Nasal congestion is usually due to inflammation of lining in your sinuses, often caused by allergic reactions or a symptom of the cold/flu. When allergy medication fails to alleviate congestion, your doctor may offer immunotherapy as a treatment option. Immunotherapy consists of allergy shots that desensitize your body from allergens through monthly injections until symptoms subside. According to Alan R. Hirsch, author of "What Your Doctor May Not Tell You About Sinusitis," treatment can last from three to five years, and afterward you should no longer have allergies.
The build-up phase is the initial phase of treatment that allows your immune system to become sensitized to the allergen, according to the Mayo Clinic. This phase can last between three to seven months, and requires getting a shot one to three times weekly. According to Hirsch, as the weeks progress the dose increases to build up tolerance. Your doctor may increase the dose and the number of times you receive a shot to speed up the build-up phase. According to the Mayo Clinic, you will shave off time for the initial phase, but you are at a higher risk of developing adverse reactions from the shots. You should not receive these shots if you are already pregnant, according to Hirsch.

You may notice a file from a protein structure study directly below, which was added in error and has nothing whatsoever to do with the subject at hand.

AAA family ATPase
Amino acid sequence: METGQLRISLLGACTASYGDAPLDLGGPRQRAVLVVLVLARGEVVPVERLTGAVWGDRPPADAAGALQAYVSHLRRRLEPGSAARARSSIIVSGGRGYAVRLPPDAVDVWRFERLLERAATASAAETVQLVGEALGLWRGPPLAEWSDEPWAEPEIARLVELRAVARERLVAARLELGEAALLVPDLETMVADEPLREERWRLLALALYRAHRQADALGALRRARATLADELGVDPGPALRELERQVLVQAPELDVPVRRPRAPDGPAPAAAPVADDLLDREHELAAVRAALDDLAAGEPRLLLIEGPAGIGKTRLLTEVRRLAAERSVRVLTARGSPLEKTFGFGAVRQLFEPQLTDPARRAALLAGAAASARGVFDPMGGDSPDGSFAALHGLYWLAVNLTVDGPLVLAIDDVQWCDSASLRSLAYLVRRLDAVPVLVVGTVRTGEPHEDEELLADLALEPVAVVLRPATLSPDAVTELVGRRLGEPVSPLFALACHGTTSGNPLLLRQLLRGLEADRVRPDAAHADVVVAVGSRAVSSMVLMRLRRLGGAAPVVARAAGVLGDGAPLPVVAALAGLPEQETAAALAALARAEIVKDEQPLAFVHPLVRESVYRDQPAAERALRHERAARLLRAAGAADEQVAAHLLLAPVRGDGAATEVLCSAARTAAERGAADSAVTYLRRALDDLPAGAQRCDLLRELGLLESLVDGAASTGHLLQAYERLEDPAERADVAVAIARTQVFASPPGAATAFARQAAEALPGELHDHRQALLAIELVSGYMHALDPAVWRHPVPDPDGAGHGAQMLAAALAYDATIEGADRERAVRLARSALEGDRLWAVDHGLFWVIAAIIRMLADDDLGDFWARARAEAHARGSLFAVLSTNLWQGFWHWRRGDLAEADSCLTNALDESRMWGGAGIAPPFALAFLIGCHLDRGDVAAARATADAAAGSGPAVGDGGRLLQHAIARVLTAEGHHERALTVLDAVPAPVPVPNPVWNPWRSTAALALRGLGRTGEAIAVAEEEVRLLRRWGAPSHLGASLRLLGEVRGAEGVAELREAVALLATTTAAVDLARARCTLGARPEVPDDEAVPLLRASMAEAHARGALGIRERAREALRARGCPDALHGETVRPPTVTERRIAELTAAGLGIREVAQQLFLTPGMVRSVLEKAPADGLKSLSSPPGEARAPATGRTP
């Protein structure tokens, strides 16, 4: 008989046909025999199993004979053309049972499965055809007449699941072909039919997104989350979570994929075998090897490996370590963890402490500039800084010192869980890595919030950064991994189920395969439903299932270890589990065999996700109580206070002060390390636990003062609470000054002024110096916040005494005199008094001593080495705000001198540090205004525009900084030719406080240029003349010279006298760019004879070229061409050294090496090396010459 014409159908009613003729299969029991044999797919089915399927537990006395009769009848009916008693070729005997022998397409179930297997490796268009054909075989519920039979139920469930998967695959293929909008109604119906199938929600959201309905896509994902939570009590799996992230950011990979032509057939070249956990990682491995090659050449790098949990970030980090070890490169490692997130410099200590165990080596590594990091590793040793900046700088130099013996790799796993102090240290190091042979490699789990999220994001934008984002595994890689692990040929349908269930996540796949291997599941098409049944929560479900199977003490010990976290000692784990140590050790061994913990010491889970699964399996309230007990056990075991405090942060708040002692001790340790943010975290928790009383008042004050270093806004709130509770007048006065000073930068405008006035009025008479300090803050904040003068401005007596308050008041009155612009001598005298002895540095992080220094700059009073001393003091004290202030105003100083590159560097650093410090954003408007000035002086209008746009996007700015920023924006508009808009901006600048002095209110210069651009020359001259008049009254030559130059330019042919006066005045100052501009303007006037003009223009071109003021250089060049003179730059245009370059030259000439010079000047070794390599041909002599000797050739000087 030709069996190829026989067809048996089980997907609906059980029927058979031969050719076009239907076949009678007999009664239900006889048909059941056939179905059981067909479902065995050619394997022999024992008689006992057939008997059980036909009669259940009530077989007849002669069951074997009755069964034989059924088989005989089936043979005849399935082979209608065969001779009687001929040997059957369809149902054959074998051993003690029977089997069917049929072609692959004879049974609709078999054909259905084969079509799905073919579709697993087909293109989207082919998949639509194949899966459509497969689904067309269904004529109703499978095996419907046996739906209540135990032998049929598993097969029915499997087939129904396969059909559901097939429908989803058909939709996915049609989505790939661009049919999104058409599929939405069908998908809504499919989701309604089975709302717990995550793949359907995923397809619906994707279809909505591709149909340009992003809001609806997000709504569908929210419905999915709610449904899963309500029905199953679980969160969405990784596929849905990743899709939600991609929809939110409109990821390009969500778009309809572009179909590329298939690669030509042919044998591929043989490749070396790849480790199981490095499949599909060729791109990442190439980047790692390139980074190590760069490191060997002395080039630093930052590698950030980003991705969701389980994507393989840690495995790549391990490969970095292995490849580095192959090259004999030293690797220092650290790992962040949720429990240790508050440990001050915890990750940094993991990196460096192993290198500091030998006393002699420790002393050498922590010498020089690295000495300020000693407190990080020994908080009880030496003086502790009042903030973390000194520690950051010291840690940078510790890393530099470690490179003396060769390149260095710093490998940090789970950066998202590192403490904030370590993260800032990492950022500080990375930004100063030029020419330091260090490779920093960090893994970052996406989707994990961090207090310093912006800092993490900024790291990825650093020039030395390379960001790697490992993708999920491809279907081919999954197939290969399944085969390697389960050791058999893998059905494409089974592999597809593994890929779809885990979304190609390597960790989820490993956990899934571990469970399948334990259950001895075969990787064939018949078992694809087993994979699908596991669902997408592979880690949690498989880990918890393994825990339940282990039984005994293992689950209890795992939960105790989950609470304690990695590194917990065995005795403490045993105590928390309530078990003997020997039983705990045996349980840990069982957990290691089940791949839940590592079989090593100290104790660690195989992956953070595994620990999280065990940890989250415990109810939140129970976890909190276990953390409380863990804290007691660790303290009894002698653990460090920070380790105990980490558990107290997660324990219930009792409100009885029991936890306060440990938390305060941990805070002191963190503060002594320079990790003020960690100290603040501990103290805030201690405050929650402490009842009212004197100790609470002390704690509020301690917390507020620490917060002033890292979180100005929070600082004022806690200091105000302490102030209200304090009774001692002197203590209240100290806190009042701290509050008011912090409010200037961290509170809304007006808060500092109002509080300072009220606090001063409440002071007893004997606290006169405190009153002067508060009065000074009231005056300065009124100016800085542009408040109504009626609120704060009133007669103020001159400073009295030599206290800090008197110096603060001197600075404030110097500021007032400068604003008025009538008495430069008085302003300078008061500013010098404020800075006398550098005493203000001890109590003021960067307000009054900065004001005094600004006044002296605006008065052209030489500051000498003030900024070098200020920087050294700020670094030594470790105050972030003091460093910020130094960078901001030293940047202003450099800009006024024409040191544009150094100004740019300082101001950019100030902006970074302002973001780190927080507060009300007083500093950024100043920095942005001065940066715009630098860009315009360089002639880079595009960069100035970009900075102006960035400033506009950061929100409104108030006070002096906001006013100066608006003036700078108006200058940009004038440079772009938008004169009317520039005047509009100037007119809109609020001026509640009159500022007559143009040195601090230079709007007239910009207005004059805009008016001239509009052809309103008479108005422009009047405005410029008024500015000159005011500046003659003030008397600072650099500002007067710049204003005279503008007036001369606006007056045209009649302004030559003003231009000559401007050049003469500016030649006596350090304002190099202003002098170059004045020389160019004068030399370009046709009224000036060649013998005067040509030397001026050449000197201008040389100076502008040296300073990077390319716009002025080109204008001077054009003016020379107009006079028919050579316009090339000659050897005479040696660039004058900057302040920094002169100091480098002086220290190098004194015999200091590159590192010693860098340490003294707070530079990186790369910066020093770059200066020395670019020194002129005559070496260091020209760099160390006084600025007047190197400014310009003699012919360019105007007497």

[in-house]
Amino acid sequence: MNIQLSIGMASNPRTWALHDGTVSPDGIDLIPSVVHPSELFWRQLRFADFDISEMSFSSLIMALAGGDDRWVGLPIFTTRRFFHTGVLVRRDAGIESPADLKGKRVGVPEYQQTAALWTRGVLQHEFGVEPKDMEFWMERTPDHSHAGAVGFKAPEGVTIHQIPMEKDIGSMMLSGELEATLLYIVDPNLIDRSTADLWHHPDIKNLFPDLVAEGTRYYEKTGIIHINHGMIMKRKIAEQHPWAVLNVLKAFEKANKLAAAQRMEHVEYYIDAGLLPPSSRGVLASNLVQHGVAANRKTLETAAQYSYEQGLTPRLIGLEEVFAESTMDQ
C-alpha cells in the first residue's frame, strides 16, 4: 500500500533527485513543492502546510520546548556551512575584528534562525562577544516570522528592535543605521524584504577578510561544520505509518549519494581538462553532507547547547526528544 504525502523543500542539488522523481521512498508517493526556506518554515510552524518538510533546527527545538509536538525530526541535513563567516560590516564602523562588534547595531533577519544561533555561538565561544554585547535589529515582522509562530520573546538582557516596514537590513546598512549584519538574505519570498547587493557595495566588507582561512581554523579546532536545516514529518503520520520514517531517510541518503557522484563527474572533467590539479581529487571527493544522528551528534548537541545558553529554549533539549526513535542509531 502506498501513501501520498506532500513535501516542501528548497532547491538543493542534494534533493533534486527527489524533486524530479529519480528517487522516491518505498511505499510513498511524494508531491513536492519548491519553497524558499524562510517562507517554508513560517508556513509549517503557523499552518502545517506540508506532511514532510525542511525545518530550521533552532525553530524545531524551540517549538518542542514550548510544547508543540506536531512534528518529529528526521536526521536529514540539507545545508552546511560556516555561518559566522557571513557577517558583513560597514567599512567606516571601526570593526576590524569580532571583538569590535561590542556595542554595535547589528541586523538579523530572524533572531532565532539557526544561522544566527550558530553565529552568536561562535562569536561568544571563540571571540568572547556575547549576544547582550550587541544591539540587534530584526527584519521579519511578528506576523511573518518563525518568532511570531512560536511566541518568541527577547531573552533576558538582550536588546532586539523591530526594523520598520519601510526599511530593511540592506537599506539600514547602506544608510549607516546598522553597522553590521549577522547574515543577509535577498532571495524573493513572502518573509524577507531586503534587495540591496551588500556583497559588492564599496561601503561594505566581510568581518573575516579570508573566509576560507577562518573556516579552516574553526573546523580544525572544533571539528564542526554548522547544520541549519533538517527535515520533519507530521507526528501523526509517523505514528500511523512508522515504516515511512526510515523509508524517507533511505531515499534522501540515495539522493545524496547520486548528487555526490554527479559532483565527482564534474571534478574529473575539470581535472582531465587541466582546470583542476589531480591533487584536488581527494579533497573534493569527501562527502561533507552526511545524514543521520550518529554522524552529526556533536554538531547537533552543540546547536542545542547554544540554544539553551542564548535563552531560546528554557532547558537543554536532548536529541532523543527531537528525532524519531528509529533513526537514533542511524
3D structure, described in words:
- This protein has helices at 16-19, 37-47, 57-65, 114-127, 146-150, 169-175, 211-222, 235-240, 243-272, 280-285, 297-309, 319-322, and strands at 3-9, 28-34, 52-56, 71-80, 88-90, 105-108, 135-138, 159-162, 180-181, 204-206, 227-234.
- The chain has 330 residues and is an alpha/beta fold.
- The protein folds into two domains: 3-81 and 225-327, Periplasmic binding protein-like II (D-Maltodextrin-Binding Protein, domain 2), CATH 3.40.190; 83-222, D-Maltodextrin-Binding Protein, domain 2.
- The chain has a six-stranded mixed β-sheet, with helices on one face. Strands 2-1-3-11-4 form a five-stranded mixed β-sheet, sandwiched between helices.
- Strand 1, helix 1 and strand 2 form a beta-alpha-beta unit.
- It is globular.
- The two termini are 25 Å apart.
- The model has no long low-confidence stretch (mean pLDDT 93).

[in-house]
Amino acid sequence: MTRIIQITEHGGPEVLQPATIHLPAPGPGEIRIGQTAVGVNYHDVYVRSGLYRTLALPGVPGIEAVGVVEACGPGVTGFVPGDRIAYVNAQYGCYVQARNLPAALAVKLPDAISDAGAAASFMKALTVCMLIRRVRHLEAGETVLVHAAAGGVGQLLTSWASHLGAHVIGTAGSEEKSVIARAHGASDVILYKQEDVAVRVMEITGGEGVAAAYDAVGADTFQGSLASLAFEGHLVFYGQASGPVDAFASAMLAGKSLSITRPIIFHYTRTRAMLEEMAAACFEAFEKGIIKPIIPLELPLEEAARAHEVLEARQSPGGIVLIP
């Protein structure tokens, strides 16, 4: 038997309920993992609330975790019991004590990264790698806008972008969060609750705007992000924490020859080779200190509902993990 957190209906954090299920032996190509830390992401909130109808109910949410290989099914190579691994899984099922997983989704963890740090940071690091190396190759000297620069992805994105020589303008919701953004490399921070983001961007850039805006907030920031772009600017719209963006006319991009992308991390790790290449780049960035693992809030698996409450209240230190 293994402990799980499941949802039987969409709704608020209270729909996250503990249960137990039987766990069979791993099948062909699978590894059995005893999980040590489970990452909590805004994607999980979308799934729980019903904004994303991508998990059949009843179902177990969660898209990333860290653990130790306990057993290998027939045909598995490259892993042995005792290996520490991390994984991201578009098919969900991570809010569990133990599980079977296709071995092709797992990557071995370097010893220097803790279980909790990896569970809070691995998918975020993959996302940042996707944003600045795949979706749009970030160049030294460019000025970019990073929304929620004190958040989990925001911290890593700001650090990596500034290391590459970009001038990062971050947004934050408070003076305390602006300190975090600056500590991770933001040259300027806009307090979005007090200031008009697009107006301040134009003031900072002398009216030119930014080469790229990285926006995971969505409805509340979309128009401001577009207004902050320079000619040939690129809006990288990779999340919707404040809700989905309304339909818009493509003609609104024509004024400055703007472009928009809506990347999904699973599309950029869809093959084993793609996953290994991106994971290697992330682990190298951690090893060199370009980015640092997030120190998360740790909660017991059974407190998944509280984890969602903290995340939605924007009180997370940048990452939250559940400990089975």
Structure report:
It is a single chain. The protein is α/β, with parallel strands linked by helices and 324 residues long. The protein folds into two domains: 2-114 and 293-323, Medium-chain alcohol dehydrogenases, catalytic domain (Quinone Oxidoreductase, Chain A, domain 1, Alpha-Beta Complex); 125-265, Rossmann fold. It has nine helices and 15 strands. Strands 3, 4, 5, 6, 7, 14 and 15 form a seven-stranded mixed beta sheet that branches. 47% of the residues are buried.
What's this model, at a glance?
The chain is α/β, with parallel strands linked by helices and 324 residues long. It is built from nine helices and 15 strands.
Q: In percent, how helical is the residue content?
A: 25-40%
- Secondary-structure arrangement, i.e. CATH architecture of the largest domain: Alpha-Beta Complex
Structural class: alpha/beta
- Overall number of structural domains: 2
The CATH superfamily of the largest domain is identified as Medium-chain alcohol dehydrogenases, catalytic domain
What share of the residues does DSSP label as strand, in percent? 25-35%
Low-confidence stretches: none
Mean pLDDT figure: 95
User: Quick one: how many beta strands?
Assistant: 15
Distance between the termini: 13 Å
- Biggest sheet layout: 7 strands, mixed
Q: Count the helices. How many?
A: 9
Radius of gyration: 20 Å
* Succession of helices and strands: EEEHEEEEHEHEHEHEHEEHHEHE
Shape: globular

After the build-up phase is over, your doctor will administer a dose of the allergens on a monthly basis to maintain the effectiveness of the shot. You must receive these monthly shots for the entire time period of three to five years to keep allergy flare-ups in check, according to Hirsch. Allergy shots are effective against: grass, tree and weed pollens, as well as mold spores, cat dander and insect stings.
The side effects of allergy shots include swelling and redness where the shot was administered. After receiving the shot, you may experience bouts of sneezing, wheezing or hives. According to the Mayo Clinic, in extreme cases you may also experience throat swelling and chest tightness. If this occurs, it is important to contact your doctor immediately or go to the emergency room. Before receiving an allergy shot, your doctor will apply an allergy test to your skin to determine what allergens affect you the most. This is conducted by slightly scratching your skin with a needle that contains the allergen on it, followed by waiting 20 to 30 minutes for an allergic reaction.
- What Your Doctor May Not Tell You About Sinusitis; Alan R. Hirsch; May 2004
- Sinus Relief Now; Jordan S. Josephson; December 2006
- Allergies: Mayo Clinic
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